And that wasn’t even the worst news. CBO’s alternative scenario assumes that Congress and the president will avoid the pain of scheduled spending cuts, tax increases, and cuts to physician reimbursement in Medicare. Under this alternative – though far more realistic – scenario “deficits and debt would be significantly higher.”
The key driver is the astonishing growth of federal healthcare spending. A relatively paltry $885 billion in 2013 will balloon to nearly $2 trillion a year within the decade. $14 trillion in total.
Medicare and Medicaid spending will double. Future Medicare spending will accelerate even faster, as the number of seniors 85 years and older will double by 2025 and increase ﬁve-fold by 2050, according to the Census.
By 2023 approximately 175 million Americans – more than half the population – will get their health insurance through Medicare (65 million), Medicaid (84 million), and ObamaCare subsidies (26 million).
CBO also threw a bucket of cold water on ObamaCare. They estimated that the cost of the Affordable Care Act over the coming decade will increase to $1.3 trillion, even though three million fewer people will be insured. Spending on insurance subsidies, revenue from tax penalties on businesses, and the number of Americans who will lose their employer-sponsored insurance will all go up.
All the while healthcare costs will continue to grow unabated – by 40 percent over the coming decade, according to the latest report on health expenditures by the Centers for Medicare and Medicaid Services.
In essence, government will borrow more money to insure more people at ever rising costs.
If there was ever a need for wake-up call, it should be now. Congress must act to avoid the catastrophe that is coming. And all options should be on the table.
The Kaiser Family Foundation recently published a phenomenally helpful menu of options that Congress could choose from. Every major proposal to restrain Medicare growth, both good and bad, is explored, including citations of cost estimates.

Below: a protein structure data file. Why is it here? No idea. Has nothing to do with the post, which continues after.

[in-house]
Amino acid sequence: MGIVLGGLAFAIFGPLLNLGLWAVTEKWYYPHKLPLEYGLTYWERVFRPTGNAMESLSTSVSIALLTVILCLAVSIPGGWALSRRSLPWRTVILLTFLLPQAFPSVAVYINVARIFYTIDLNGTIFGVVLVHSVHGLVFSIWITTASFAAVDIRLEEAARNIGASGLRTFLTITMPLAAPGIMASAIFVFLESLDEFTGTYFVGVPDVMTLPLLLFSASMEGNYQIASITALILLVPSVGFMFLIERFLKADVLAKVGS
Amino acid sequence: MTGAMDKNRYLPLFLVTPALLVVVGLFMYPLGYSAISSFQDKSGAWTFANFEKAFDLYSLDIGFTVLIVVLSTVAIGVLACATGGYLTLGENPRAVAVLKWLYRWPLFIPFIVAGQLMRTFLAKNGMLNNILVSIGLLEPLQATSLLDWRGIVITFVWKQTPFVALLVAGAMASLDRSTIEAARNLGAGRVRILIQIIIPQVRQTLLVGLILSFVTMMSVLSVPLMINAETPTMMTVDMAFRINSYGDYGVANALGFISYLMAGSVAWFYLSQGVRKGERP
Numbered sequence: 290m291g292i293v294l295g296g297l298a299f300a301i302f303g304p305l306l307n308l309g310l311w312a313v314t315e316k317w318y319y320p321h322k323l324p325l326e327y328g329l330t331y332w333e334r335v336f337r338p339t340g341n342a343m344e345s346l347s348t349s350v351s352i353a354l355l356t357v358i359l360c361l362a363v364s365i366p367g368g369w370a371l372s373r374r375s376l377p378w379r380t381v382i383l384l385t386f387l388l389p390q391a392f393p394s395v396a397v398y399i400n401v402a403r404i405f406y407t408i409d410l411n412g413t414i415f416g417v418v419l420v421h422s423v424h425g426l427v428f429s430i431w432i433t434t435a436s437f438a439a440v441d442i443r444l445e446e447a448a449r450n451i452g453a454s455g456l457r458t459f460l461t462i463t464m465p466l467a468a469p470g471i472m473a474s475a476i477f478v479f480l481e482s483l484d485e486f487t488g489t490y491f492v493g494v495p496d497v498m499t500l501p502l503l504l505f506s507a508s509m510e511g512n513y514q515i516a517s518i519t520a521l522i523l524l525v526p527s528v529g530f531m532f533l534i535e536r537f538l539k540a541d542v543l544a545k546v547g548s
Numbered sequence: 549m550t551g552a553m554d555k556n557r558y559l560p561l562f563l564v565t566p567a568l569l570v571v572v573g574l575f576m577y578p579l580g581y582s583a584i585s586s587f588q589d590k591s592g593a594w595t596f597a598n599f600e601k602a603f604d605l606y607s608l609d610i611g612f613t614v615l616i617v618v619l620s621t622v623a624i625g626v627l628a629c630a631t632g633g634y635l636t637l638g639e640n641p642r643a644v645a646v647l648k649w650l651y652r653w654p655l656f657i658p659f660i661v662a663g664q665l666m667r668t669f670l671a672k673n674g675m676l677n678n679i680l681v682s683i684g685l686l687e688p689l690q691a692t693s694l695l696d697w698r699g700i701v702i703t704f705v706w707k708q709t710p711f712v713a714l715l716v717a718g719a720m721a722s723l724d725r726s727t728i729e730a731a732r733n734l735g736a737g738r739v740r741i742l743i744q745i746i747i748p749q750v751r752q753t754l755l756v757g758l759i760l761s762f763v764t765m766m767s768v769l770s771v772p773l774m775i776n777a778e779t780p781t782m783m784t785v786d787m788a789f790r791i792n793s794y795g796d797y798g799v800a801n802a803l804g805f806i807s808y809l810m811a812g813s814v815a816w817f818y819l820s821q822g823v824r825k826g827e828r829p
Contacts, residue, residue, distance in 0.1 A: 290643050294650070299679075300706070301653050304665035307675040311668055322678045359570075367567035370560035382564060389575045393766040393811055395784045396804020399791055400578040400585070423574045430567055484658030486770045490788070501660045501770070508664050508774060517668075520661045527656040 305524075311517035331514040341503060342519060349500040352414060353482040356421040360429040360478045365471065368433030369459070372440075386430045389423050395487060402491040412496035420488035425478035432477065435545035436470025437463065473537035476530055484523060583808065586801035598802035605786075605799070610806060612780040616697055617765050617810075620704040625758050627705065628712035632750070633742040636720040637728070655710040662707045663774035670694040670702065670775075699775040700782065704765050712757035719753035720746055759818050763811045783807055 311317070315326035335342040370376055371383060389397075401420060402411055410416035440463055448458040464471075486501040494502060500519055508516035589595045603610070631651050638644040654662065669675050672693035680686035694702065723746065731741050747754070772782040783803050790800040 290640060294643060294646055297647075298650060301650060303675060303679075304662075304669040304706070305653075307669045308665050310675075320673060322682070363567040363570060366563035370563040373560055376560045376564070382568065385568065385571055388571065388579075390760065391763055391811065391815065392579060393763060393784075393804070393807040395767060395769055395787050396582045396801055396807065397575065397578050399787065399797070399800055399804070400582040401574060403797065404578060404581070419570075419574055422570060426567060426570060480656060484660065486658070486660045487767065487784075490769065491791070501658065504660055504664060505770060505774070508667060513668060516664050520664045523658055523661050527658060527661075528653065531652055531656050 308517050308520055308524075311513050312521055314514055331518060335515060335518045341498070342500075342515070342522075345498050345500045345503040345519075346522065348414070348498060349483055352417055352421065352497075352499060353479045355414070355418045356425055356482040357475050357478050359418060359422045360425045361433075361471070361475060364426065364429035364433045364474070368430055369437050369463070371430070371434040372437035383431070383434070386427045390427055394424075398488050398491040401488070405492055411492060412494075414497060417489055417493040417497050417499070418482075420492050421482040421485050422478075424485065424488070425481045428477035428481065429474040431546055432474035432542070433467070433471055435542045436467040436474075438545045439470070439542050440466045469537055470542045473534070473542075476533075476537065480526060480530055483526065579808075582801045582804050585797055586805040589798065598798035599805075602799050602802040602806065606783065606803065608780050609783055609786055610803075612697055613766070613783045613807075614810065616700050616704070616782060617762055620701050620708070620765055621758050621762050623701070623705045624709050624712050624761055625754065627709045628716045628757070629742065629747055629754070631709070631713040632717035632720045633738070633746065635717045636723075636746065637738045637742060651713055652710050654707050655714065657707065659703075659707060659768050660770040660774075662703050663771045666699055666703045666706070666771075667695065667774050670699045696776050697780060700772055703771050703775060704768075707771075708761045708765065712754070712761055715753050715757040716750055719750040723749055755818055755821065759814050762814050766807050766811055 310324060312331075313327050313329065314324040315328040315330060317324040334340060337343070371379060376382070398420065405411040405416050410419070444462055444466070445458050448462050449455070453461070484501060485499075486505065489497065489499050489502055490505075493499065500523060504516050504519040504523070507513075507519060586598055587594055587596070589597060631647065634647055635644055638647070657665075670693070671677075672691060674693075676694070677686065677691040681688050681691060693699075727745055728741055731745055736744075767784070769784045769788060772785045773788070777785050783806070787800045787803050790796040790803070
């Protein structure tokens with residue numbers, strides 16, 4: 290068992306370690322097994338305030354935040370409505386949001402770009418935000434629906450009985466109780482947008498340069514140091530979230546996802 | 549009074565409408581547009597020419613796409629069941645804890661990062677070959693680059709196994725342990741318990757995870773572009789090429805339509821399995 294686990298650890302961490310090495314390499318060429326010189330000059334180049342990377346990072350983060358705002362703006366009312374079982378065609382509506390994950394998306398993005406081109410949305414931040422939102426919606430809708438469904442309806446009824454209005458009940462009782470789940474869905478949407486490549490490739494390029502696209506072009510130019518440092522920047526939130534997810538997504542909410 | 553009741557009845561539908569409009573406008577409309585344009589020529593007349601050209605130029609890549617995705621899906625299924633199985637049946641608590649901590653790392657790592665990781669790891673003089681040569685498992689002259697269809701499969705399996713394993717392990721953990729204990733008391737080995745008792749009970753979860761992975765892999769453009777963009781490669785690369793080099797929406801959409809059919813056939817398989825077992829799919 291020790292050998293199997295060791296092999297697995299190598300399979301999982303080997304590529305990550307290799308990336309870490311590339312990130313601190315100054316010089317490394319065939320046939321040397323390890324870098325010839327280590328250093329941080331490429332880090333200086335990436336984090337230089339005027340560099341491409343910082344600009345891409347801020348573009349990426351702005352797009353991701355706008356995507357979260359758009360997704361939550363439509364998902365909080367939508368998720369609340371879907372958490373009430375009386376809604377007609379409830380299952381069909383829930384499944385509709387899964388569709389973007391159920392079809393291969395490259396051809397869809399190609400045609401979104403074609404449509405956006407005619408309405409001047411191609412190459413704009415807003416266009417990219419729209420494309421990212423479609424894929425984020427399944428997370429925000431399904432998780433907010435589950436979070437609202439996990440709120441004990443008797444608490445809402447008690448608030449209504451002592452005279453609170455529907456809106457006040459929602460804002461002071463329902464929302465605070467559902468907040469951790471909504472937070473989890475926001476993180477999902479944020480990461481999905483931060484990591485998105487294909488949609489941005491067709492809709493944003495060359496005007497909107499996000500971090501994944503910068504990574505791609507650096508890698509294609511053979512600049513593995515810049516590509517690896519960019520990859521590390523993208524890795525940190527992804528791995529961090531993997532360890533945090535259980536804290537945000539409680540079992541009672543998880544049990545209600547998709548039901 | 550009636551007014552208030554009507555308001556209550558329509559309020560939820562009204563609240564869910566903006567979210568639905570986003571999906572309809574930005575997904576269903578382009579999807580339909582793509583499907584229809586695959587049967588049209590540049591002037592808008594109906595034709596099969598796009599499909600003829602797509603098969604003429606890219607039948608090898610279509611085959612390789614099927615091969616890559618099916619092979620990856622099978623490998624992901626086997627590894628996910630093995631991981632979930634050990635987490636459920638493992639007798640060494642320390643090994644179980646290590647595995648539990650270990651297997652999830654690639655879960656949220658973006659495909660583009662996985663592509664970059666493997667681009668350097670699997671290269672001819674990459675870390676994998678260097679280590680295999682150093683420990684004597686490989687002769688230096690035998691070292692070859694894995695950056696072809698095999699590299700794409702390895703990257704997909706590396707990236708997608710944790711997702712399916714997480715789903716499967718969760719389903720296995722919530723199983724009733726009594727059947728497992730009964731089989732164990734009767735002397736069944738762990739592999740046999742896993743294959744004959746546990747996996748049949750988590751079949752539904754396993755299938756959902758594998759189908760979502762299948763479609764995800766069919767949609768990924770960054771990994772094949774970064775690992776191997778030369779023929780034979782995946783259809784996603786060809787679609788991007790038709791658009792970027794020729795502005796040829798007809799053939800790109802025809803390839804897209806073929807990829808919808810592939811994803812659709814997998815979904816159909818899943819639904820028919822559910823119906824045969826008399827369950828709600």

Federal tort reform could save as much as $57 billion. A uniform deductible with benefit design changes could save $93 billion. Raising the eligibility age could save $113 billion. Restricting first-dollar coverage in supplemental plans could save $53 billion.
Premium support, with more consumer choice and competition, is explored. While there are few details on potential savings, we know that choice and competition can dramatically lower costs in Medicare. Just look at the prescription drug benefit where costs are 40 percent below original estimates.
There are a plethora of program integrity improvements to combat waste, fraud, and abuse, including many of the bipartisan solutions recently outlined by Senators Max Baucus (D-Mont.), Tom Coburn (R-Okla.), and other members of the Finance Committee.
The biggest untapped potential for Medicare savings and improvement is on the care delivery side. Preferred provider networks, outcomes-based payment, and promoting coordinated care models have demonstrated results in improving care and lowering costs.
These are all big changes in Medicare, and many should be made in Medicaid as well. CBO Director Douglas Elmendorf was correct when he said, “Small changes in budget policy will not be sufficient to put the budget on a sustainable path.”
Unfortunately, small change is typical of Washington. And judging by the president’s platitudes in last night’s speech, we may have to wait until 2017 for a new president working with a like-minded Congress to address them.
That would be unacceptable. The president and members of Congress are in power to fix problems, not to create and then sidestep them. America should demand action now. Lest we will all pay a very dear price in the future.
Merritt is a partner and managing director at Leavitt Partners, the healthcare intelligence firm led by former HHS Secretary Mike Leavitt.